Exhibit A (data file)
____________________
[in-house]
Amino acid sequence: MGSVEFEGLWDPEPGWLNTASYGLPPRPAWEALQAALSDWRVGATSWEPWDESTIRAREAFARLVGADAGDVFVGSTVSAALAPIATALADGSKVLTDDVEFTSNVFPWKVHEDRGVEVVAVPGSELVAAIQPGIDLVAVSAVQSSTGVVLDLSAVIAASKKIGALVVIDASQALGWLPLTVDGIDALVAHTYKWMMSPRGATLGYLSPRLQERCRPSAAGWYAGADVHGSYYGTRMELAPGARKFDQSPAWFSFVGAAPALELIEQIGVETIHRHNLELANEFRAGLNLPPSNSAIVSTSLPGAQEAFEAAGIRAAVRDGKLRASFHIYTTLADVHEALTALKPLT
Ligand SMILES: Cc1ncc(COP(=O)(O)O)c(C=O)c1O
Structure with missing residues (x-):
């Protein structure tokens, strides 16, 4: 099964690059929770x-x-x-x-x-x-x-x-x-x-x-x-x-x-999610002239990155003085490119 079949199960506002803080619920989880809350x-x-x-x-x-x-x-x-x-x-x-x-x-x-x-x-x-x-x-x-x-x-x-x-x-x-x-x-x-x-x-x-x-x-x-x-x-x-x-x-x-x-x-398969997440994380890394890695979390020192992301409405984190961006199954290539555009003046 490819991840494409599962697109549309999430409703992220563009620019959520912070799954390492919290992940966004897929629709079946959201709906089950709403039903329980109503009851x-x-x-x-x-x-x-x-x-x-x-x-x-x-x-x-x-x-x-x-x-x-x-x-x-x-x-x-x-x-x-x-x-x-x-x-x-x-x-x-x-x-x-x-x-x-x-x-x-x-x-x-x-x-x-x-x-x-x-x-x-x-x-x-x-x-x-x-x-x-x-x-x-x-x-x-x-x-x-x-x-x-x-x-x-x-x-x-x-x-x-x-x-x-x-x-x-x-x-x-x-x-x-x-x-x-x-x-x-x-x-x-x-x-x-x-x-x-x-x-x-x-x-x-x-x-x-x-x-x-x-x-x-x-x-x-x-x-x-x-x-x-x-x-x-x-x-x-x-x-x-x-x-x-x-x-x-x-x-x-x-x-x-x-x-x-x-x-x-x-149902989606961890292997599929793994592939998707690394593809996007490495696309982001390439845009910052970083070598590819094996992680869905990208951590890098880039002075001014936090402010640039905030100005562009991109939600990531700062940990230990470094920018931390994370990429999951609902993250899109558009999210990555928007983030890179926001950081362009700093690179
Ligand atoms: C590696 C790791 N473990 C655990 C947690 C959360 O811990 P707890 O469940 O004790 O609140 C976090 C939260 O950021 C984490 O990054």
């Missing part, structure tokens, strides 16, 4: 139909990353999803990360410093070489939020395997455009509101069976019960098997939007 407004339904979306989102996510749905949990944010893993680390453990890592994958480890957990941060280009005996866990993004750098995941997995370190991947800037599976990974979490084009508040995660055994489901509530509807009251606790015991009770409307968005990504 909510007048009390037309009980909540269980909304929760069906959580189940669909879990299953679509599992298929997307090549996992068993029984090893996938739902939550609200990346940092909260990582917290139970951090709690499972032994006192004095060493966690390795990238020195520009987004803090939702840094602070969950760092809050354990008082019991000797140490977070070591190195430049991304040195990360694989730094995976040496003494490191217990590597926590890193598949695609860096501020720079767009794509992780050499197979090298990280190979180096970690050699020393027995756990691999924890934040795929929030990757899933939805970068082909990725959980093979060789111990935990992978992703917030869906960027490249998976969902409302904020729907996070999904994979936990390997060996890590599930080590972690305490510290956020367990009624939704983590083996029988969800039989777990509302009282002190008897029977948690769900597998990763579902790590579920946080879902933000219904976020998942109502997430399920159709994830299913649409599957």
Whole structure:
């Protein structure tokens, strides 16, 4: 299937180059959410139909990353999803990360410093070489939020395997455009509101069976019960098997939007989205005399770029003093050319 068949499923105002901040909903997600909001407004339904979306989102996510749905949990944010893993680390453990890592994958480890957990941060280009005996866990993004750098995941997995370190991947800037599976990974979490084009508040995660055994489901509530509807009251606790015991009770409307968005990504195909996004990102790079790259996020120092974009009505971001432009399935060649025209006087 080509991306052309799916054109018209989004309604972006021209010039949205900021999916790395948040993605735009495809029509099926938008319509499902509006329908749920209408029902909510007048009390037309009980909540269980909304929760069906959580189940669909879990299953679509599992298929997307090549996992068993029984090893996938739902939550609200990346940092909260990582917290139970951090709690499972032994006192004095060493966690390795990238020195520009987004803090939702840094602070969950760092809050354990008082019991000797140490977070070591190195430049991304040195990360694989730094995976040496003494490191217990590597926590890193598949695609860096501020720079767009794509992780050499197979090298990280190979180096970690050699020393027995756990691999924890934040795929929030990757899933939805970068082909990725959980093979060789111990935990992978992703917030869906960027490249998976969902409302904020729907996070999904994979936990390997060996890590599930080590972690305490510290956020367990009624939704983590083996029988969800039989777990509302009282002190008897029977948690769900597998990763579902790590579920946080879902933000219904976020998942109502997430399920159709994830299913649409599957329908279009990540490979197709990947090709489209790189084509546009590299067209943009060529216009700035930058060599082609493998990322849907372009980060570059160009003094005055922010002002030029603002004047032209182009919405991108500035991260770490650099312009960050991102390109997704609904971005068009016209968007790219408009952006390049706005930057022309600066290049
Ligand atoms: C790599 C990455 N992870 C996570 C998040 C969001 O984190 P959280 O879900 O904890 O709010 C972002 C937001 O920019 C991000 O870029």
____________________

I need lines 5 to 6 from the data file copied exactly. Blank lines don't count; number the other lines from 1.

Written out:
């Protein structure tokens, strides 16, 4: 099964690059929770x-x-x-x-x-x-x-x-x-x-x-x-x-x-999610002239990155003085490119 079949199960506002803080619920989880809350x-x-x-x-x-x-x-x-x-x-x-x-x-x-x-x-x-x-x-x-x-x-x-x-x-x-x-x-x-x-x-x-x-x-x-x-x-x-x-x-x-x-x-398969997440994380890394890695979390020192992301409405984190961006199954290539555009003046 490819991840494409599962697109549309999430409703992220563009620019959520912070799954390492919290992940966004897929629709079946959201709906089950709403039903329980109503009851x-x-x-x-x-x-x-x-x-x-x-x-x-x-x-x-x-x-x-x-x-x-x-x-x-x-x-x-x-x-x-x-x-x-x-x-x-x-x-x-x-x-x-x-x-x-x-x-x-x-x-x-x-x-x-x-x-x-x-x-x-x-x-x-x-x-x-x-x-x-x-x-x-x-x-x-x-x-x-x-x-x-x-x-x-x-x-x-x-x-x-x-x-x-x-x-x-x-x-x-x-x-x-x-x-x-x-x-x-x-x-x-x-x-x-x-x-x-x-x-x-x-x-x-x-x-x-x-x-x-x-x-x-x-x-x-x-x-x-x-x-x-x-x-x-x-x-x-x-x-x-x-x-x-x-x-x-x-x-x-x-x-x-x-x-x-x-x-x-x-149902989606961890292997599929793994592939998707690394593809996007490495696309982001390439845009910052970083070598590819094996992680869905990208951590890098880039002075001014936090402010640039905030100005562009991109939600990531700062940990230990470094920018931390994370990429999951609902993250899109558009999210990555928007983030890179926001950081362009700093690179
Ligand atoms: C590696 C790791 N473990 C655990 C947690 C959360 O811990 P707890 O469940 O004790 O609140 C976090 C939260 O950021 C984490 O990054």